Unemployment Benefits - Understanding Who is Eligible and How to File a Claim
Being laid off from your job can be a stressful life event. Your daily routine is disrupted, you may suffer damage to your self-esteem, and your income is cut. You've got to find a new job while continuing to pay your customary household bills. In the worst-case scenario you could lose your home and be forced into bankruptcy.
Fortunately, in the United States we have an economic safety net designed to cushion the impact of job loss. Unemployment insurance is a cash payment system that is funded and administered jointly by each state (and the District of Columbia and Puerto Rico) and the federal government.
Who is eligible for unemployment benefits?
If you have been laid off from your job, you should immediately check with your state's Division of Unemployment Assistance to determine your eligibility. But in general, to qualify you need to meet these criteria:
- You need to have been separated from your job through no fault of your own. If you quit your job voluntarily, you may not be eligible
- You are mentally and physically able to work
- You are looking for a job and willing to accept work
- You have not been able to find another job in your field of work or something similar
- You earned a specified amount of money at your job during a recent one-year period; this is called your "base period"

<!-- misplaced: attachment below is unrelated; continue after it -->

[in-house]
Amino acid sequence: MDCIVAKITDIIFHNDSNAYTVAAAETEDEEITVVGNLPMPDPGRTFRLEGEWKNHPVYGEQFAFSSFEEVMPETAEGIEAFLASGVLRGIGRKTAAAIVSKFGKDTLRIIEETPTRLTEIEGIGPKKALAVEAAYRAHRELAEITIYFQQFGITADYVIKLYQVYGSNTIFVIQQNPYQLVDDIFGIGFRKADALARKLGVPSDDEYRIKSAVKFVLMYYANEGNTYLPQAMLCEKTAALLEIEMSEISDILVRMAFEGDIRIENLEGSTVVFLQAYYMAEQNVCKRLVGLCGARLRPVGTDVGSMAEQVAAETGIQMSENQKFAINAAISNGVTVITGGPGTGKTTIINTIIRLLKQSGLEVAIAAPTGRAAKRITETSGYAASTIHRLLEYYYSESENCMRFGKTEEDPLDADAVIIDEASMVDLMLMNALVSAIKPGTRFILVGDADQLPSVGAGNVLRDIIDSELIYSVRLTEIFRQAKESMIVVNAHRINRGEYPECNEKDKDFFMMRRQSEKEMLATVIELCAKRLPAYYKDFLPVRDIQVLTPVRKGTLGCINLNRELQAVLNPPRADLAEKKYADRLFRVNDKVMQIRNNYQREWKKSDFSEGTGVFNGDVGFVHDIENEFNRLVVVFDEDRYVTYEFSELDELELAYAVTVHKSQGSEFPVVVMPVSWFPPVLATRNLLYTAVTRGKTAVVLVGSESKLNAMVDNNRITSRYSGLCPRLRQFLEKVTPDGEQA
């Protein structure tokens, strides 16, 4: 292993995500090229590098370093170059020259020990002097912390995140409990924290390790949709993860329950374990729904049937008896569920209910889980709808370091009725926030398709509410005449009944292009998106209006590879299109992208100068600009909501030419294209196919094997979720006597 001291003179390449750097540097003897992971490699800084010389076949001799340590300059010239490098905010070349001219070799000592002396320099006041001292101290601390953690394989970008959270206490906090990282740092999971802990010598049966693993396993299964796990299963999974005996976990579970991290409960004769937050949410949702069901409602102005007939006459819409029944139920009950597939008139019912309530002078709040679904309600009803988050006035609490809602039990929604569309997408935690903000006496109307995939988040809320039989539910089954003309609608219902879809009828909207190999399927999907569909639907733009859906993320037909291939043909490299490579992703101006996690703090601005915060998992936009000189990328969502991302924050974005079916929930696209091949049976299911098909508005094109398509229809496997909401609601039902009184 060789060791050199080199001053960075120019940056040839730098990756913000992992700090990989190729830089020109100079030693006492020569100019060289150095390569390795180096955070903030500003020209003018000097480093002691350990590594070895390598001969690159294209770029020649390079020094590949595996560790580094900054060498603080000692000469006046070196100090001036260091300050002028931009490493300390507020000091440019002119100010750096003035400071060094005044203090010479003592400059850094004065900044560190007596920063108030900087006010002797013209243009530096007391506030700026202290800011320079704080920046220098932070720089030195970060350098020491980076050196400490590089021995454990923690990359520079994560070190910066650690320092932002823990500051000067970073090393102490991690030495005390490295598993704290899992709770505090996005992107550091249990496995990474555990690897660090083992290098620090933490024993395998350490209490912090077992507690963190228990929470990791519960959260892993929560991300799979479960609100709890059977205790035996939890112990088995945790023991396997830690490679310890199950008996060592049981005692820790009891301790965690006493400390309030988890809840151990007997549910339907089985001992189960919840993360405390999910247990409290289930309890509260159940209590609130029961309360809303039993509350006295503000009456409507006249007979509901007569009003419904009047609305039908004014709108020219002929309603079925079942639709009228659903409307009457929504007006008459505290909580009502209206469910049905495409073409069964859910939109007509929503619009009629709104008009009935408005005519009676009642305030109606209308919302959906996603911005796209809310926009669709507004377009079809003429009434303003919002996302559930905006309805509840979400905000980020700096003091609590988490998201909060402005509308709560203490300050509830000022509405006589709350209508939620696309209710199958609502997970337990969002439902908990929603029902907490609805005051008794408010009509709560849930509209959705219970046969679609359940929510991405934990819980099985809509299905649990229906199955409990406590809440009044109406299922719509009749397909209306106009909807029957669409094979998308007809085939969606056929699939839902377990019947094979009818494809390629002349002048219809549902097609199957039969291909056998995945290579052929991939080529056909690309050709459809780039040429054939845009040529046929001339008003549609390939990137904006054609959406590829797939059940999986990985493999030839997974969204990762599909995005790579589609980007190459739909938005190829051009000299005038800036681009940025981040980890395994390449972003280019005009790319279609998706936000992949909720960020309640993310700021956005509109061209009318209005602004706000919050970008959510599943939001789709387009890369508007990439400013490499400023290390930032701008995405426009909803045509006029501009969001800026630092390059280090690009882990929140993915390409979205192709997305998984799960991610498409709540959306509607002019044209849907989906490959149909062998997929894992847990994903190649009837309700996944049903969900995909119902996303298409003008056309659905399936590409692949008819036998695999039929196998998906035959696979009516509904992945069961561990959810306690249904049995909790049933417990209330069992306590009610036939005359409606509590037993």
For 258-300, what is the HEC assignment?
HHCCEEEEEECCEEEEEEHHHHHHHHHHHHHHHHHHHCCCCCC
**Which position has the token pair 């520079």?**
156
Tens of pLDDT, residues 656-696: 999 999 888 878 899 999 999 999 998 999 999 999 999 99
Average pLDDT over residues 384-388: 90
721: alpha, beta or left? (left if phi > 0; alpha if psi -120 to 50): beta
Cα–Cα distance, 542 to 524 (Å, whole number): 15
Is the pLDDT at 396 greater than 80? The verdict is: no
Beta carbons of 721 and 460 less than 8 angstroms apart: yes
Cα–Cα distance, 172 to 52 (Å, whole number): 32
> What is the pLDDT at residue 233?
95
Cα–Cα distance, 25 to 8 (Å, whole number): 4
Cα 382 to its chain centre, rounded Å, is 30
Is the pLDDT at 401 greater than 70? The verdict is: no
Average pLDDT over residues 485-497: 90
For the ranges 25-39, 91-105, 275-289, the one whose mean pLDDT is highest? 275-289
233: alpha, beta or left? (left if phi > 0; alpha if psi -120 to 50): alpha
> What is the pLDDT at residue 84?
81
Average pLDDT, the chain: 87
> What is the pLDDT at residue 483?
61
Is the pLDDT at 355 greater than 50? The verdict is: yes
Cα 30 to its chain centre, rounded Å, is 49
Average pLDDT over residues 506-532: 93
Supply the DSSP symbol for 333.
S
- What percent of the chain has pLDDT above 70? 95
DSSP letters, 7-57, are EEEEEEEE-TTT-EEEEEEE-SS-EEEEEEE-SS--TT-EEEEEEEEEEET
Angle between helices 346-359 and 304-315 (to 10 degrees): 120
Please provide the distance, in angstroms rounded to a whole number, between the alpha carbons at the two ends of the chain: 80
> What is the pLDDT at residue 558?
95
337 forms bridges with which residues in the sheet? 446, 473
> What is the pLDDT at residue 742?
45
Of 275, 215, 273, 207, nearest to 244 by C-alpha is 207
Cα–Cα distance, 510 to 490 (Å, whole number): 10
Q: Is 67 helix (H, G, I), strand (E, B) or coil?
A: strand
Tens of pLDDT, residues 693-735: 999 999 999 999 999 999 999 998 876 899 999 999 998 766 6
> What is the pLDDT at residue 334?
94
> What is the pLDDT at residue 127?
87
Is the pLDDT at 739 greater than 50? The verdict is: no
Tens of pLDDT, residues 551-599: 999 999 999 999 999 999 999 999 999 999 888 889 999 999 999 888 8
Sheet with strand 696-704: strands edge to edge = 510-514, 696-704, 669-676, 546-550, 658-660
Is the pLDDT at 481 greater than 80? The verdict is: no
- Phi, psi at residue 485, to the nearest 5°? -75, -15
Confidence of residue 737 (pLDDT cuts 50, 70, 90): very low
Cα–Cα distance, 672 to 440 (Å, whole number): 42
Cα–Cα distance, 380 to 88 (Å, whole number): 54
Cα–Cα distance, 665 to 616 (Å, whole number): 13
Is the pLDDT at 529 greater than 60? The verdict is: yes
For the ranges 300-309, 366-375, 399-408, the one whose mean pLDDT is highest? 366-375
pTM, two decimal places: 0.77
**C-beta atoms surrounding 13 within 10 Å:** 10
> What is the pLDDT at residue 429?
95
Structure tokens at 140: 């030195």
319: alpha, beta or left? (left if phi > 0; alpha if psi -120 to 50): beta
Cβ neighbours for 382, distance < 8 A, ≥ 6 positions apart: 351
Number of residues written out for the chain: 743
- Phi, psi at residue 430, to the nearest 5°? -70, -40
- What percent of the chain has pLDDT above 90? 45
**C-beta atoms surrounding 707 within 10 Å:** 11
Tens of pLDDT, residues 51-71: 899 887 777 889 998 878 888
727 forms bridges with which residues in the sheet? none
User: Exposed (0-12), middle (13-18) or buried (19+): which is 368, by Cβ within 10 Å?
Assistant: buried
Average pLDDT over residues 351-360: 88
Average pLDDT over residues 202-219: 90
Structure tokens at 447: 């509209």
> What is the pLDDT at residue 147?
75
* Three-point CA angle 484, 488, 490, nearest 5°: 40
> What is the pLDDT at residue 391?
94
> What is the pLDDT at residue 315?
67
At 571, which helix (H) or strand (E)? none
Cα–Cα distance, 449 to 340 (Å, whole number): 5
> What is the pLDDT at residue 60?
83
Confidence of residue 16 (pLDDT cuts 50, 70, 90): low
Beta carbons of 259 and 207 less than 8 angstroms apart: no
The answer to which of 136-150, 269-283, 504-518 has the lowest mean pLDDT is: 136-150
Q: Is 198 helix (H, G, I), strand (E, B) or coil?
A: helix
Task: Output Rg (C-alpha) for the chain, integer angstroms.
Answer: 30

- If you have received severance pay upon your separation from work, you may still be eligible for unemployment benefits
- If your hours or earnings were cut back by at least one third, you can usually get a partial benefit. The greater the cutback, the higher your benefit
The most important thing to remember is that even if you believe that you may not be eligible, file a claim anyway. There is no harm in asking, and your state's unemployment office will have valuable resources that can help you find another job.
How do I apply for unemployment benefits?
If you have been separated from work, you should file your initial claim during your first week of total or partial unemployment. But if you have for some reason waited to apply, don't give up. File a claim.
You can generally apply with a phone call. You'll probably be asked to enter your Social Security number and year of birth, using the numbers on your telephone. You may also be able to file a claim at a local state unemployment office walk-in center. Another convenient option is to file for unemployment online.
What information do I need?
When you file your claim, you'll need:
- Your phone number and address
- Your social Security number
- The year you were born
- Your last date of employment
- The names and addresses of the employers you have worked for recently, and the dates you worked for them
- The reason you lost your job or your hours were cut back
- If you are not a U.S. citizen, your alien registration number
- Whether you have filed an unemployment claim in your state or another state during the past year
- If you are claiming the dependency allowance, the names, birthdates, and Social Security numbers of your dependent children
How much money can I get?
If you are eligible, you may be entitled to up to half of your weekly paycheck up to a certain limit.
How long will my benefits last?
Currently, state benefits end after an average of 30 weeks. During periods of economic hardship, the federal government can extend the benefit period. Check with your state Unemployment Division for the most current laws, and review our article how long can you collect unemployment.